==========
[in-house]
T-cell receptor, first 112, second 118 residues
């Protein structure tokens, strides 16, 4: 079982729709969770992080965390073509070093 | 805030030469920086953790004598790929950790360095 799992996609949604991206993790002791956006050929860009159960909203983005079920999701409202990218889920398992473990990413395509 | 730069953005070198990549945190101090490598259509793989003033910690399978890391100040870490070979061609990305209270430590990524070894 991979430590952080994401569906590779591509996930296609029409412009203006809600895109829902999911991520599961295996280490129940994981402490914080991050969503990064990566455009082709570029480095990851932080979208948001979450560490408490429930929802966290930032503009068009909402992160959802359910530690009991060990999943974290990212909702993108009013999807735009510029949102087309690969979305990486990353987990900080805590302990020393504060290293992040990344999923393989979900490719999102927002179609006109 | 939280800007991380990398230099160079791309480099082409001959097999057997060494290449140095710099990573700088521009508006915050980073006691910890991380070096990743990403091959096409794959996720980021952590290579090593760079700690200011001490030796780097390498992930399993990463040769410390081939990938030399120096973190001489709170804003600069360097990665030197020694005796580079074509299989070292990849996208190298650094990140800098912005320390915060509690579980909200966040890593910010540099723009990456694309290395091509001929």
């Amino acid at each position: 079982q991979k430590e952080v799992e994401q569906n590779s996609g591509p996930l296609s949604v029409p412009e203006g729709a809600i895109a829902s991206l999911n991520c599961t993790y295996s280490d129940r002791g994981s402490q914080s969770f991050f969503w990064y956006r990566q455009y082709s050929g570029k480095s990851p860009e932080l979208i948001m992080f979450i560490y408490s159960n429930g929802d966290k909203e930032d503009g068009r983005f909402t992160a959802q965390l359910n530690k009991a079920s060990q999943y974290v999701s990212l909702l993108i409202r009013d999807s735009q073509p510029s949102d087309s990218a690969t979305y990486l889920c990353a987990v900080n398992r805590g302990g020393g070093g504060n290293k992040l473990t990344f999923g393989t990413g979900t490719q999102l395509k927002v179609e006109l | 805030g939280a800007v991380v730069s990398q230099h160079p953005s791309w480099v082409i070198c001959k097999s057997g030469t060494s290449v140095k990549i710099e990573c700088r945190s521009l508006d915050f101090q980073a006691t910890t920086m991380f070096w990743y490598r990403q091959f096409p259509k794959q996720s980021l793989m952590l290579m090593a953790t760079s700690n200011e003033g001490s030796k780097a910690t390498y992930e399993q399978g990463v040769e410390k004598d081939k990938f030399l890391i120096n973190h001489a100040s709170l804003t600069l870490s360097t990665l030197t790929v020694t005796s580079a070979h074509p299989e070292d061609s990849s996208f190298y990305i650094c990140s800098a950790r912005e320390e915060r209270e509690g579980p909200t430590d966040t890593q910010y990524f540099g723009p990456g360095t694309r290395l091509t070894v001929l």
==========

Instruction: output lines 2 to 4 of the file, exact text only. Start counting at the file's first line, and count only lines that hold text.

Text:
T-cell receptor, first 112, second 118 residues
């Protein structure tokens, strides 16, 4: 079982729709969770992080965390073509070093 | 805030030469920086953790004598790929950790360095 799992996609949604991206993790002791956006050929860009159960909203983005079920999701409202990218889920398992473990990413395509 | 730069953005070198990549945190101090490598259509793989003033910690399978890391100040870490070979061609990305209270430590990524070894 991979430590952080994401569906590779591509996930296609029409412009203006809600895109829902999911991520599961295996280490129940994981402490914080991050969503990064990566455009082709570029480095990851932080979208948001979450560490408490429930929802966290930032503009068009909402992160959802359910530690009991060990999943974290990212909702993108009013999807735009510029949102087309690969979305990486990353987990900080805590302990020393504060290293992040990344999923393989979900490719999102927002179609006109 | 939280800007991380990398230099160079791309480099082409001959097999057997060494290449140095710099990573700088521009508006915050980073006691910890991380070096990743990403091959096409794959996720980021952590290579090593760079700690200011001490030796780097390498992930399993990463040769410390081939990938030399120096973190001489709170804003600069360097990665030197020694005796580079074509299989070292990849996208190298650094990140800098912005320390915060509690579980909200966040890593910010540099723009990456694309290395091509001929």
């Amino acid at each position: 079982q991979k430590e952080v799992e994401q569906n590779s996609g591509p996930l296609s949604v029409p412009e203006g729709a809600i895109a829902s991206l999911n991520c599961t993790y295996s280490d129940r002791g994981s402490q914080s969770f991050f969503w990064y956006r990566q455009y082709s050929g570029k480095s990851p860009e932080l979208i948001m992080f979450i560490y408490s159960n429930g929802d966290k909203e930032d503009g068009r983005f909402t992160a959802q965390l359910n530690k009991a079920s060990q999943y974290v999701s990212l909702l993108i409202r009013d999807s735009q073509p510029s949102d087309s990218a690969t979305y990486l889920c990353a987990v900080n398992r805590g302990g020393g070093g504060n290293k992040l473990t990344f999923g393989t990413g979900t490719q999102l395509k927002v179609e006109l | 805030g939280a800007v991380v730069s990398q230099h160079p953005s791309w480099v082409i070198c001959k097999s057997g030469t060494s290449v140095k990549i710099e990573c700088r945190s521009l508006d915050f101090q980073a006691t910890t920086m991380f070096w990743y490598r990403q091959f096409p259509k794959q996720s980021l793989m952590l290579m090593a953790t760079s700690n200011e003033g001490s030796k780097a910690t390498y992930e399993q399978g990463v040769e410390k004598d081939k990938f030399l890391i120096n973190h001489a100040s709170l804003t600069l870490s360097t990665l030197t790929v020694t005796s580079a070979h074509p299989e070292d061609s990849s996208f190298y990305i650094c990140s800098a950790r912005e320390e915060r209270e509690g579980p909200t430590d966040t890593q910010y990524f540099g723009p990456g360095t694309r290395l091509t070894v001929l």